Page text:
The transport of iron and other metal ions needed in small amounts for growth is special and of particular importance in virulence. There is little free Fe3 in human blood or other body fluids, because it is sequestered by iron-binding proteins (eg, trans-ferrin in blood andlactoferrin in secretions). Bacteria must have iron to grow, and theircolonization of the human host requires capture of iron. Bacteria secrete siderophores (iron-specific chelators) to trap Fe3 ; the iron-containing chelator is then transported into the bacterium by specific active transport. One example of a siderophore is aer-obactin (a citrate type of hydoxamate), another is enterobactin (a catechol). Somesiderophores are produced as a result of enzymes encoded not in the bacterial genome, but in the genome of a plasmid, providing another example of the many ways in which plasmids are involved in virulence.
Once inside the cell, sugar molecules or other sources of carbon and energy are metabolized by the Embden – Meyerhof glycolytic pathway, the pentose phosphate pathway, and the Krebs cycle to yield the carbon compounds needed for biosynthesis.
Some bacteria have central fueling pathways (eg, the Entner – Doudoroff pathway) other than those familiar in mammalian metabolism.
Working in concert, the central fueling pathways produce the 12 precursor metabo-lites. Connections to fermentation and respirationpathways allow the reoxidation of reduced coenzyme nicotinamide adenine dinucleotide (NADH) to NAD and the genera-tion of ATP. Bacteria make ATP by substrate phosphorylation in fermentation or by a combination of substrate phosphorylation and oxidative phosphorylation in respiration. (Photosynthetic bacteria are not important in medicine.)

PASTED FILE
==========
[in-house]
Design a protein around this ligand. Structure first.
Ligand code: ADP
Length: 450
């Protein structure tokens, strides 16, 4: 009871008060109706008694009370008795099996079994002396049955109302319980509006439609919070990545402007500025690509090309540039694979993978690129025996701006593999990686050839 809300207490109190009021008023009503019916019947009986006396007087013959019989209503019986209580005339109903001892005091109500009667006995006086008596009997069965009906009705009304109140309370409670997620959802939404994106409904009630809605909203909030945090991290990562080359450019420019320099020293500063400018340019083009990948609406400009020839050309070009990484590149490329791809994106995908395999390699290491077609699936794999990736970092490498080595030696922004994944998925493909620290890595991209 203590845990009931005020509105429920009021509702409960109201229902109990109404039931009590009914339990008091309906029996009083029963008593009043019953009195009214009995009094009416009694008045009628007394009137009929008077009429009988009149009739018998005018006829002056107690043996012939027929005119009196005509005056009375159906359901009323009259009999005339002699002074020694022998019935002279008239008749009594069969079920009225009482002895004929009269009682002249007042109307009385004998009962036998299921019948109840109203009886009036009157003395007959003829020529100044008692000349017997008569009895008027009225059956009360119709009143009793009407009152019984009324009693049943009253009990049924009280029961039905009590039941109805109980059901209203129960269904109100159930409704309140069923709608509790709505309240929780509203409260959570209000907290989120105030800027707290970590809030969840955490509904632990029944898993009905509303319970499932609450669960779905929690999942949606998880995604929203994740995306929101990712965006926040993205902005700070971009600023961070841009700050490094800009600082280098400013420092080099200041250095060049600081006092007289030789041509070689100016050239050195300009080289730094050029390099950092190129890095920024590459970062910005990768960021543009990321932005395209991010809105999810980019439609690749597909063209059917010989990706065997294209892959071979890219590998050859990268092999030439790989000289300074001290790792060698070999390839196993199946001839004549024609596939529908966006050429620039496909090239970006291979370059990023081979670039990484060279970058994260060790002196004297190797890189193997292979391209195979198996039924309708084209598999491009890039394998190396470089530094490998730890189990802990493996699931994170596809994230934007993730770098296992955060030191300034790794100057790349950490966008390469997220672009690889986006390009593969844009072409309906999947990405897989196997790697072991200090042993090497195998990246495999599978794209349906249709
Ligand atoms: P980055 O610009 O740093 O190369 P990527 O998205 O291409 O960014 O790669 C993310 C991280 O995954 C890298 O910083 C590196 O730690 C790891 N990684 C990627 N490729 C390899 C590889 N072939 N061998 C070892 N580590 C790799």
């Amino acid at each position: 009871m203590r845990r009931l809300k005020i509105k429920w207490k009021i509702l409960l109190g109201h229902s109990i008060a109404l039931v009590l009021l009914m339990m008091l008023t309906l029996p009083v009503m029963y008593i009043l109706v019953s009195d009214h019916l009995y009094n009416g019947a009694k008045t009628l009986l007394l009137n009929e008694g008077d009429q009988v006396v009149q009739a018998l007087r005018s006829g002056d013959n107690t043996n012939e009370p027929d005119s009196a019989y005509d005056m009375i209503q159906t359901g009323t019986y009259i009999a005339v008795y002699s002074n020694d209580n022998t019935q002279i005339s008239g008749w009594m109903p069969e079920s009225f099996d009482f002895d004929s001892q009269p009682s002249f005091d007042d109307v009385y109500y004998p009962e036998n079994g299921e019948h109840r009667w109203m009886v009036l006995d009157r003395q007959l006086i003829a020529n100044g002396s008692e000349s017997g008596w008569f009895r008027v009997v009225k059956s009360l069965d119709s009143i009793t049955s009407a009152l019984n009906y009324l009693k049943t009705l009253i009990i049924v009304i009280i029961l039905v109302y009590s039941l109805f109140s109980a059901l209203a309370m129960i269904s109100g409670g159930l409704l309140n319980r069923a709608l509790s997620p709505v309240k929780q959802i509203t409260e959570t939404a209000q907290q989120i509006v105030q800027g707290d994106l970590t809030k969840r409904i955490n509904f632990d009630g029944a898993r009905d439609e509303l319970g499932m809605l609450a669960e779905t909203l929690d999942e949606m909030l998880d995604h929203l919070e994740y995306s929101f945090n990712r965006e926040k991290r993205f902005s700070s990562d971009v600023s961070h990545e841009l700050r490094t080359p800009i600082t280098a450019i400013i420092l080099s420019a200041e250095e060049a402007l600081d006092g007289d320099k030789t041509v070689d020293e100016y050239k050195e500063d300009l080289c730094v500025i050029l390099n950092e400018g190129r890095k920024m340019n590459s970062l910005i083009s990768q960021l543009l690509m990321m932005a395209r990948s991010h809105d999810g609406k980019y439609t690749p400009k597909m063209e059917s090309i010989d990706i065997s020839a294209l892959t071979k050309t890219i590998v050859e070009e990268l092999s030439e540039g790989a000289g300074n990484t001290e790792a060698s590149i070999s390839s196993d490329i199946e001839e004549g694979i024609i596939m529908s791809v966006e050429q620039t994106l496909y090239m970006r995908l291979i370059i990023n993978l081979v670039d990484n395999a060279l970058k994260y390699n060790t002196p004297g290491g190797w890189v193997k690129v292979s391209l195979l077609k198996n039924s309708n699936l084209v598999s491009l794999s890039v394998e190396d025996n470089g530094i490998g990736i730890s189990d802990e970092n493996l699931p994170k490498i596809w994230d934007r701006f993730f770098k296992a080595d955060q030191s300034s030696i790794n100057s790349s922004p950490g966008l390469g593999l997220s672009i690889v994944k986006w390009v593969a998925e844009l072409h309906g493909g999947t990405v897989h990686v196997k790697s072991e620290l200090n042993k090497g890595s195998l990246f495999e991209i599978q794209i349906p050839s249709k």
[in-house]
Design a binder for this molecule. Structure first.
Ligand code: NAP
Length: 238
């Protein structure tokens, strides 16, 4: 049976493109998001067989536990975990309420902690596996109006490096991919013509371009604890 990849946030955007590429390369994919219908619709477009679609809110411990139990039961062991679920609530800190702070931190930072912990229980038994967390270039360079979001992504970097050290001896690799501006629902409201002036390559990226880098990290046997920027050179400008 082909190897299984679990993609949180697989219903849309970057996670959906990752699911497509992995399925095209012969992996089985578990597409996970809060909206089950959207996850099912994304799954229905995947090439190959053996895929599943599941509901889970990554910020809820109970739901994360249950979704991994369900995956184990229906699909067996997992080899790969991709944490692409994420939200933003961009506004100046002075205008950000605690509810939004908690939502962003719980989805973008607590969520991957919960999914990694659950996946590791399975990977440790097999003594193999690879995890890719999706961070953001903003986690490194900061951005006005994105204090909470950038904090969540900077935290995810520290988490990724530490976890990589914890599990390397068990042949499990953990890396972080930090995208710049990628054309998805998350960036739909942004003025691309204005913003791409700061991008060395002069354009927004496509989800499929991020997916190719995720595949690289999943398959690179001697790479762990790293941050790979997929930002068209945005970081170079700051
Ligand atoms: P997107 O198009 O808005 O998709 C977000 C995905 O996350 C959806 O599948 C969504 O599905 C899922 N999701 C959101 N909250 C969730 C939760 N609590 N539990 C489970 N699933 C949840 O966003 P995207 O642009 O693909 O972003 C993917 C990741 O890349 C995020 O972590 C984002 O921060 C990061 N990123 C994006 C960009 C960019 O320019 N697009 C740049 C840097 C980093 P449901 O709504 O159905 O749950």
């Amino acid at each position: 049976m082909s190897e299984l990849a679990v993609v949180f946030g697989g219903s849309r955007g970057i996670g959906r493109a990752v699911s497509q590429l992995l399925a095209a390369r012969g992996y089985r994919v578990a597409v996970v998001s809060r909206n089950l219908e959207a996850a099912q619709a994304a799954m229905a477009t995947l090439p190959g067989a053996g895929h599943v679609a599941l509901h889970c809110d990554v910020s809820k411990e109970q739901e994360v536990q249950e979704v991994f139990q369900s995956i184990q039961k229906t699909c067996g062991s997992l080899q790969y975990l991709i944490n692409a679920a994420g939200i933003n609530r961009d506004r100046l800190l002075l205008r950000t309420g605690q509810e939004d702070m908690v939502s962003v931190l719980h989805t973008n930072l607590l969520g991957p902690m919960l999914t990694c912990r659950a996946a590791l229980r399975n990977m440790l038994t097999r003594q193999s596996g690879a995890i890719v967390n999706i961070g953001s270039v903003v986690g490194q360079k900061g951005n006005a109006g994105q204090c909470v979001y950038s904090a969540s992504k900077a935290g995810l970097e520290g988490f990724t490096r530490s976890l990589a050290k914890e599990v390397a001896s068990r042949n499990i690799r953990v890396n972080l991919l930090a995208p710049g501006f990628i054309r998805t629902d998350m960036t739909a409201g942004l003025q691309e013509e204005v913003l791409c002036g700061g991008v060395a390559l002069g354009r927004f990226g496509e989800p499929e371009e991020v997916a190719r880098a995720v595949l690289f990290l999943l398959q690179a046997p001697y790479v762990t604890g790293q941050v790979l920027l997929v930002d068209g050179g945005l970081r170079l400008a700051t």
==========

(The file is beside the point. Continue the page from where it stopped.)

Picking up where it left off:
Fermentation is the transfer of electrons and protons via NAD directly to an or-ganic acceptor. Pyruvate occupies a pivotal role in fermentation (Fig 3 – 3). Fermentation is an inefficient way to generate ATP, and consequently huge amounts of sugar must be fermented to satisfy the growth requirements of bacteria anaerobically. Large amounts of organic acids and alcohols are produced in fermentation. Which compounds are produced depends on the particular pathway of fermentation employed by a given species, and therefore the profile of fermentation products is a diagnostic aid in the clinical laboratory.
Respiration involves fueling pathways in which substrate oxidation is coupled to thetransport of electrons through a chain of carriers to some ultimate acceptor, which is fre-quently, but not always, molecular oxygen. Other inorganic (eg, nitrate) as well as organic compounds (eg, succinate) can serve as the final electron acceptor, and therefore many or-ganisms that cannot ferment can live in the absence of oxygen (eg, Pseudomonas aerugi-nosa in the human colon).